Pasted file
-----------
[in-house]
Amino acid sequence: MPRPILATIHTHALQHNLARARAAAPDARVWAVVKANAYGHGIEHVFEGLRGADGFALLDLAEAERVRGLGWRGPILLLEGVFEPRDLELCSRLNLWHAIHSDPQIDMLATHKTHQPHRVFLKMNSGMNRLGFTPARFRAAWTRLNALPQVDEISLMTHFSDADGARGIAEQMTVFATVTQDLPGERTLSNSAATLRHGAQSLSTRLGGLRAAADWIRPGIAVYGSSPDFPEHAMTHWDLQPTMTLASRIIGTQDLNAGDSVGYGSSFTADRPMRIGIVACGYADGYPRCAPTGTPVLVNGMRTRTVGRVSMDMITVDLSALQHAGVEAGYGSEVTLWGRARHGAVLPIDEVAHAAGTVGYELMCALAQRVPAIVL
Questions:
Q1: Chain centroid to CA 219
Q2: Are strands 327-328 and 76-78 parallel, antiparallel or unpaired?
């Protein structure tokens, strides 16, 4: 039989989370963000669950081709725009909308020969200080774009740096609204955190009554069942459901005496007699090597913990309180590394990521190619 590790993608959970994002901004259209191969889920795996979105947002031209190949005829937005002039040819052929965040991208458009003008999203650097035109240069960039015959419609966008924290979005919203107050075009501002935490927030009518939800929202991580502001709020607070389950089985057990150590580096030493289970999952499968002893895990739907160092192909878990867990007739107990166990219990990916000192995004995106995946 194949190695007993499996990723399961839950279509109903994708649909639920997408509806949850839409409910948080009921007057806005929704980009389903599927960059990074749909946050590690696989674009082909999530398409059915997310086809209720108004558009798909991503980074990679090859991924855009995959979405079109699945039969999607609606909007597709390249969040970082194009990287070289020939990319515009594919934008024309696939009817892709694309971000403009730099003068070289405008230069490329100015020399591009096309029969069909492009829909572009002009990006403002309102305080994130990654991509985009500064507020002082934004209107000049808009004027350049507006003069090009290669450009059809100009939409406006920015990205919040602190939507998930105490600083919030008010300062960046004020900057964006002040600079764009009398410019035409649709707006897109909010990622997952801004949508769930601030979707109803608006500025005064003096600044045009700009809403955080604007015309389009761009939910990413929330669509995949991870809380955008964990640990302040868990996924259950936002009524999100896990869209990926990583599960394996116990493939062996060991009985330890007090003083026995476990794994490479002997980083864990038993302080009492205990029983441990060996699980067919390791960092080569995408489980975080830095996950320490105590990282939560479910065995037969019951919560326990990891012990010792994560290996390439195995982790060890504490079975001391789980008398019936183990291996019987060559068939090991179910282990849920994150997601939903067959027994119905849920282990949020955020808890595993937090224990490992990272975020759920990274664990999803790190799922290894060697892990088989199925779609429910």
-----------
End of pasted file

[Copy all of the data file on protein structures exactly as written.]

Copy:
[in-house]
Amino acid sequence: MPRPILATIHTHALQHNLARARAAAPDARVWAVVKANAYGHGIEHVFEGLRGADGFALLDLAEAERVRGLGWRGPILLLEGVFEPRDLELCSRLNLWHAIHSDPQIDMLATHKTHQPHRVFLKMNSGMNRLGFTPARFRAAWTRLNALPQVDEISLMTHFSDADGARGIAEQMTVFATVTQDLPGERTLSNSAATLRHGAQSLSTRLGGLRAAADWIRPGIAVYGSSPDFPEHAMTHWDLQPTMTLASRIIGTQDLNAGDSVGYGSSFTADRPMRIGIVACGYADGYPRCAPTGTPVLVNGMRTRTVGRVSMDMITVDLSALQHAGVEAGYGSEVTLWGRARHGAVLPIDEVAHAAGTVGYELMCALAQRVPAIVL
Questions:
Q1: Chain centroid to CA 219
Q2: Are strands 327-328 and 76-78 parallel, antiparallel or unpaired?
């Protein structure tokens, strides 16, 4: 039989989370963000669950081709725009909308020969200080774009740096609204955190009554069942459901005496007699090597913990309180590394990521190619 590790993608959970994002901004259209191969889920795996979105947002031209190949005829937005002039040819052929965040991208458009003008999203650097035109240069960039015959419609966008924290979005919203107050075009501002935490927030009518939800929202991580502001709020607070389950089985057990150590580096030493289970999952499968002893895990739907160092192909878990867990007739107990166990219990990916000192995004995106995946 194949190695007993499996990723399961839950279509109903994708649909639920997408509806949850839409409910948080009921007057806005929704980009389903599927960059990074749909946050590690696989674009082909999530398409059915997310086809209720108004558009798909991503980074990679090859991924855009995959979405079109699945039969999607609606909007597709390249969040970082194009990287070289020939990319515009594919934008024309696939009817892709694309971000403009730099003068070289405008230069490329100015020399591009096309029969069909492009829909572009002009990006403002309102305080994130990654991509985009500064507020002082934004209107000049808009004027350049507006003069090009290669450009059809100009939409406006920015990205919040602190939507998930105490600083919030008010300062960046004020900057964006002040600079764009009398410019035409649709707006897109909010990622997952801004949508769930601030979707109803608006500025005064003096600044045009700009809403955080604007015309389009761009939910990413929330669509995949991870809380955008964990640990302040868990996924259950936002009524999100896990869209990926990583599960394996116990493939062996060991009985330890007090003083026995476990794994490479002997980083864990038993302080009492205990029983441990060996699980067919390791960092080569995408489980975080830095996950320490105590990282939560479910065995037969019951919560326990990891012990010792994560290996390439195995982790060890504490079975001391789980008398019936183990291996019987060559068939090991179910282990849920994150997601939903067959027994119905849920282990949020955020808890595993937090224990490992990272975020759920990274664990999803790190799922290894060697892990088989199925779609429910």